Harper's Encyclopedia of United States History (ed. Benson Lossing), Smallwood, William 1732-1792 (search)
Smallwood, William 1732-1792 Military officer; born in Kent county, Md., in 1732; became a colonel in the Maryland line in 1776, and his battalion, which joined Washington, at New York, before the battle of Long Island, was composed of men belonging to the best families of his native State. These suffered in that battle, at William Smallwood which Smallwood was not present. He was in the action at White Plains, about two months later; and when, late in the summer of 1777, the British, u1732; became a colonel in the Maryland line in 1776, and his battalion, which joined Washington, at New York, before the battle of Long Island, was composed of men belonging to the best families of his native State. These suffered in that battle, at William Smallwood which Smallwood was not present. He was in the action at White Plains, about two months later; and when, late in the summer of 1777, the British, under the Howes, appeared in Chesapeake Bay, he was sent to gather the militia on the western shore of Maryland. With about 1,000 of these he joined Washington after the battle of Brandywine. He was in the battle of Germantown with his militia. While with Gates, in the South, he was promoted major-general (Sept. 15, 1780), and soon afterwards he returned to the North. Smallwood refused to serve under Baron de Steuben, who was his senior officer, and demanded that his own cornmission should b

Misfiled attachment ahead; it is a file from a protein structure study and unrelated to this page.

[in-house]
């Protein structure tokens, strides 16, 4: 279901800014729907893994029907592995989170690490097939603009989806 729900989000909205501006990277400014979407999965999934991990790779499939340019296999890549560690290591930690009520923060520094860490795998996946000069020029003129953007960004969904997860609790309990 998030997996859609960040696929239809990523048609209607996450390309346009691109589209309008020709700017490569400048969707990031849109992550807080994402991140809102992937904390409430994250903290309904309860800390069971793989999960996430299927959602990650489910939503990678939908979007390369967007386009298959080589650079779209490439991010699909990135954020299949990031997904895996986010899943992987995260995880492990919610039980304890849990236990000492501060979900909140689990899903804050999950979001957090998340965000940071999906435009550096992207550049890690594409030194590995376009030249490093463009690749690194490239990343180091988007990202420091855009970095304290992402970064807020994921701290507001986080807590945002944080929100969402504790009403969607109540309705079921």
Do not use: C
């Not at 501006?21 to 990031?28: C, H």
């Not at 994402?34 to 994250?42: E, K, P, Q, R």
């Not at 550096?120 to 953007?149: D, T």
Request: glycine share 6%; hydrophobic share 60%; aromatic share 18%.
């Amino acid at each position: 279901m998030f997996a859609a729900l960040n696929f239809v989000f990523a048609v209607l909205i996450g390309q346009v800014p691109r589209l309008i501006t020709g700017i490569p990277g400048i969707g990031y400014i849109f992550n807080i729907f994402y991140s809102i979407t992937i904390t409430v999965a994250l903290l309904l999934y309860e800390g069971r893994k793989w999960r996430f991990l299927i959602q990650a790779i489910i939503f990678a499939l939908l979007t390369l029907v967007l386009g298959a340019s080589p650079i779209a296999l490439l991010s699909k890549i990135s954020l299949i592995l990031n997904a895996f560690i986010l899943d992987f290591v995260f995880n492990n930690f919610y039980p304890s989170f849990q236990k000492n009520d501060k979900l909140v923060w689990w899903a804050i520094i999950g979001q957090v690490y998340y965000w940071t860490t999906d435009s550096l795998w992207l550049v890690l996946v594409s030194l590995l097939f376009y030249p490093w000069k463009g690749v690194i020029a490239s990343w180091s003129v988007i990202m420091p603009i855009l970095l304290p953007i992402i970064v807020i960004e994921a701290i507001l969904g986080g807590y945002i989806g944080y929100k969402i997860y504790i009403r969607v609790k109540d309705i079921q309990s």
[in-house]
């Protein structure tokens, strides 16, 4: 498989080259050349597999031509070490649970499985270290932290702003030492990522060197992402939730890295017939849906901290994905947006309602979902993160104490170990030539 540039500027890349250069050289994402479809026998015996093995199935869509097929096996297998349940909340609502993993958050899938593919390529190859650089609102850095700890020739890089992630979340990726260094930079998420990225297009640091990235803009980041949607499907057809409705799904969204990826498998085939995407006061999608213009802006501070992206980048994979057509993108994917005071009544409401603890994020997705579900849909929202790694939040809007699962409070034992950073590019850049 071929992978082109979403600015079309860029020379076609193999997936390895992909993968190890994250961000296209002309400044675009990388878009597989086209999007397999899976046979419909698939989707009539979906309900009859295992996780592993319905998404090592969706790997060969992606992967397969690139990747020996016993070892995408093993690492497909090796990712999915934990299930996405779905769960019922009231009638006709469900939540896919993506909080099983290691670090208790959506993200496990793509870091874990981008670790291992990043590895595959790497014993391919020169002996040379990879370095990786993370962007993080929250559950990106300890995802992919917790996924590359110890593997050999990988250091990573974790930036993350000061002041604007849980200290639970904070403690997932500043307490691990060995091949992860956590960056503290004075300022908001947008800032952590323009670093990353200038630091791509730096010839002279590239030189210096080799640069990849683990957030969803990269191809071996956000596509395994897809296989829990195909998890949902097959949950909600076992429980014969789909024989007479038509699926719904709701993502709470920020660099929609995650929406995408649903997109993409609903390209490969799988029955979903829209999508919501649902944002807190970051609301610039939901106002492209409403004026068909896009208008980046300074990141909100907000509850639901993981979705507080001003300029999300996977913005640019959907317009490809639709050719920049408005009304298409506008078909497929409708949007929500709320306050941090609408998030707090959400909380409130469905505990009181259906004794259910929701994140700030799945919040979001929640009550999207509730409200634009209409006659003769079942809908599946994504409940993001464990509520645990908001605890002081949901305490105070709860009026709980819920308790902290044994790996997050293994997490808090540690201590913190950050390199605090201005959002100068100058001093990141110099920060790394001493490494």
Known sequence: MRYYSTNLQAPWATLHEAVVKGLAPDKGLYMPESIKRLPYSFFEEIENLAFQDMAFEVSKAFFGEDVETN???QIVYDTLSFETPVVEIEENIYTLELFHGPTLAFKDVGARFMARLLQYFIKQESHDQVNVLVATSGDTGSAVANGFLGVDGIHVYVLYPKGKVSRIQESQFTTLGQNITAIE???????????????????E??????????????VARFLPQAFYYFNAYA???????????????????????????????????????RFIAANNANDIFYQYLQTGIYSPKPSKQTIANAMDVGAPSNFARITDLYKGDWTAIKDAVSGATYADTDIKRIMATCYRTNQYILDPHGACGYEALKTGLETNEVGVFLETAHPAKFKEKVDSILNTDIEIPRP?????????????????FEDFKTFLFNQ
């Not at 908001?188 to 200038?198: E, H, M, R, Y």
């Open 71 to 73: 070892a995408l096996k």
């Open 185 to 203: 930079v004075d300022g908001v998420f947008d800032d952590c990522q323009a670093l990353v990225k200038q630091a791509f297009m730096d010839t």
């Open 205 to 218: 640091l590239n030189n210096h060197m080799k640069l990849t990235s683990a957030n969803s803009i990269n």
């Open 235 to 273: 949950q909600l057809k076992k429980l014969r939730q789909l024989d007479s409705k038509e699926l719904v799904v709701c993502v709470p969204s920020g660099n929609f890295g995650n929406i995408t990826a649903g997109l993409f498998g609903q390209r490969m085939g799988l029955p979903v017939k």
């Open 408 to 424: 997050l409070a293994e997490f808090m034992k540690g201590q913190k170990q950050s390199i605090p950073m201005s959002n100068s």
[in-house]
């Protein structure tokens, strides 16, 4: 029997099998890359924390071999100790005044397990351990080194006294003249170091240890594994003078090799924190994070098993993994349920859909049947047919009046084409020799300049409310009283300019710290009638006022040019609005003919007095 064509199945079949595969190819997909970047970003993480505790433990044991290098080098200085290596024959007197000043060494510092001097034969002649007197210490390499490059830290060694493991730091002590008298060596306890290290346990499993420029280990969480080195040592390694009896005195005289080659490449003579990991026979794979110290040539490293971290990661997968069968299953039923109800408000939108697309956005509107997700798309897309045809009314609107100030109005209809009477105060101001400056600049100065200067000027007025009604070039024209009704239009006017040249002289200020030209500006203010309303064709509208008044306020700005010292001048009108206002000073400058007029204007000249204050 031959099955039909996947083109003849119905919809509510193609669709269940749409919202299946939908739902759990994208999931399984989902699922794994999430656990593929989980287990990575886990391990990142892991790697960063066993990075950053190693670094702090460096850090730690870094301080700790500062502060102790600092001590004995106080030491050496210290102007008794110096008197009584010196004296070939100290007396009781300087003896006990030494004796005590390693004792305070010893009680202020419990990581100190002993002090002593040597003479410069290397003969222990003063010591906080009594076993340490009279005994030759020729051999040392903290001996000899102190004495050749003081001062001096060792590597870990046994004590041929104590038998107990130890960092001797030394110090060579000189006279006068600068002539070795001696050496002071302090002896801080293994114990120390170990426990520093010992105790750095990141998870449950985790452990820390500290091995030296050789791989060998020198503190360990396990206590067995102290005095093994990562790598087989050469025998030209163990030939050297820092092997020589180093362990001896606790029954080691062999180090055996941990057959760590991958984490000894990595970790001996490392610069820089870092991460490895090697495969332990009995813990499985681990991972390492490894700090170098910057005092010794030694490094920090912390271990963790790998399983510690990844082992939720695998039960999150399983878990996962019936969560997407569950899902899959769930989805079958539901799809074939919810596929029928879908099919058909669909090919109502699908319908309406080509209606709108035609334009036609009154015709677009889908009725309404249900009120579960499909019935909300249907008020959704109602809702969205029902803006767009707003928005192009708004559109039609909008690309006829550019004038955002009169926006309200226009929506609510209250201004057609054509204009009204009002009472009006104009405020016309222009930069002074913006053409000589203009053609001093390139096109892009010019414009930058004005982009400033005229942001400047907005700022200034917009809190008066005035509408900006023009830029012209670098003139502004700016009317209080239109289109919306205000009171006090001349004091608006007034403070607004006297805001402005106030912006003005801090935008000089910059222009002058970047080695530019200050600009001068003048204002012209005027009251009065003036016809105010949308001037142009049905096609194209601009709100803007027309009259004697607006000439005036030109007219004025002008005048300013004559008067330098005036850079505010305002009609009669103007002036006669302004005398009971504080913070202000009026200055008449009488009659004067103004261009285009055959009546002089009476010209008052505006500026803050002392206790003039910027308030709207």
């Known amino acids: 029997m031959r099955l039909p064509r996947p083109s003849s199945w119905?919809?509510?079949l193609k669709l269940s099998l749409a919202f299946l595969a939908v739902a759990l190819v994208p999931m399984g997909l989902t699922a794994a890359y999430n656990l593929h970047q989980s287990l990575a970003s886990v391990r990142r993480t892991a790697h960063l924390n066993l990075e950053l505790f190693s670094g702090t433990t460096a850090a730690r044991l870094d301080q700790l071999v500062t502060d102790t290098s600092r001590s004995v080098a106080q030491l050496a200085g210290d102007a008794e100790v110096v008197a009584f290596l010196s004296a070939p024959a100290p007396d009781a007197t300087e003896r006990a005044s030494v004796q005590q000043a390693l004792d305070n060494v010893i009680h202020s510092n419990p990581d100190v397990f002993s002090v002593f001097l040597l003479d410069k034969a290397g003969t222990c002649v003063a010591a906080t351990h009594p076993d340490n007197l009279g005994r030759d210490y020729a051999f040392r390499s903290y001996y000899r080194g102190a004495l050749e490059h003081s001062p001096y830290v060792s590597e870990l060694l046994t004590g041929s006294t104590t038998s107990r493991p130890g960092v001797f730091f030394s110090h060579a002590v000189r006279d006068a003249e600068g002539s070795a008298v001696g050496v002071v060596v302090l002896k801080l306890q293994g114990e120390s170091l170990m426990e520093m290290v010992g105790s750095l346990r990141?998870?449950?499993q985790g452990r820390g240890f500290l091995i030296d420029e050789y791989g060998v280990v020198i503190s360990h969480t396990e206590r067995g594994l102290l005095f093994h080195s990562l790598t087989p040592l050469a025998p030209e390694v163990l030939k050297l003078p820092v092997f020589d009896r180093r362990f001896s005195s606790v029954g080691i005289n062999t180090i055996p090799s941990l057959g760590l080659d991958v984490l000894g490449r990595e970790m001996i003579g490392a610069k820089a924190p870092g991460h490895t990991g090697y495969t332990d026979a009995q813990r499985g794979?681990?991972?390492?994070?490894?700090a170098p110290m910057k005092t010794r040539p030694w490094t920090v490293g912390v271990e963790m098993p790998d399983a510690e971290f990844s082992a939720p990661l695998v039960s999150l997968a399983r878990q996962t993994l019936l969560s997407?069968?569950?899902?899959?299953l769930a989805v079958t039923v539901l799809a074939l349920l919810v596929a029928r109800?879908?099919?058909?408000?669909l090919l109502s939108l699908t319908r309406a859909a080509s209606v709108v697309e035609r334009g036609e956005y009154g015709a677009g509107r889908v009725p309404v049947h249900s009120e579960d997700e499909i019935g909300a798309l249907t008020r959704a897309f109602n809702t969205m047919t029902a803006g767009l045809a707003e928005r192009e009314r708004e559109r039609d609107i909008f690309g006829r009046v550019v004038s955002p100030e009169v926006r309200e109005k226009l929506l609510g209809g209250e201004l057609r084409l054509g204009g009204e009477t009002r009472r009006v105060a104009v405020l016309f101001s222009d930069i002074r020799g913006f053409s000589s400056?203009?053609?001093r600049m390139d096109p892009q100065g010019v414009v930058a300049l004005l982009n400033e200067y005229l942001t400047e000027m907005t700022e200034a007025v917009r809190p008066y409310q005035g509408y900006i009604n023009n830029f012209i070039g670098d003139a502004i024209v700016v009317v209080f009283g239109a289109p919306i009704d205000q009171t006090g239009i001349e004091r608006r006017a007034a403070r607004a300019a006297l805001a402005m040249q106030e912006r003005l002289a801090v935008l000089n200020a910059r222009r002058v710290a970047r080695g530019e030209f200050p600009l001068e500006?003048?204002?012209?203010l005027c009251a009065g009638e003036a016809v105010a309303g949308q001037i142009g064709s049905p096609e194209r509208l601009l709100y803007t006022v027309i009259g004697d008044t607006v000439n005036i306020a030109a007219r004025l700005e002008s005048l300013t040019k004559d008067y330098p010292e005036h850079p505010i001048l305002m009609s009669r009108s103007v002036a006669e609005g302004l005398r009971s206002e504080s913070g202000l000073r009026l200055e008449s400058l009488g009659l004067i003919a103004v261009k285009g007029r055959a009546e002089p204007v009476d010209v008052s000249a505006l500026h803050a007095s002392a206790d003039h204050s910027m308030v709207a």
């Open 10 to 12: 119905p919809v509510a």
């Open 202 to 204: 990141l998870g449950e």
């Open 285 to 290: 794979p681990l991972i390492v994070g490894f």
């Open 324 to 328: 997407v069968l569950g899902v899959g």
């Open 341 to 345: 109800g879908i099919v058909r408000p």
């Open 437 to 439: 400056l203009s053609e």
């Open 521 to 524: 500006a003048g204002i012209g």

Harper's Encyclopedia of United States History (ed. Benson Lossing), Stage-coaches, (search)
by stage coach. reduced to nineteen hours, and the London and Edinburgh stage-coach ultimately made the distance between these cities, 400 miles, in forty hours, including all stops, etc., the roads being excellent, the coaches and service admirable, and the number of horses equal to the number of miles—namely, 400—and the relays frequent. The first mail-coach was set up at Bristol by John Palmer, Aug. 2, 1784. In the United States the first stage was run between New York City and Boston, 1732, probably not regularly and not long continued. In 1756 there was one stage-coach running between New York City and Philadelphia, distance ninety miles, time, three days. In 1765 a second stage-coach was put on. In 1790 the line was increased to four coaches, and in 1811 there were four coaches each way daily. The first line, named the Expedition, from Philadelphia to Paulus Hook —time, twelve hours; fare, $8; second, The diligence —time, twenty-six hours; fare, $5.50; third, Accommodati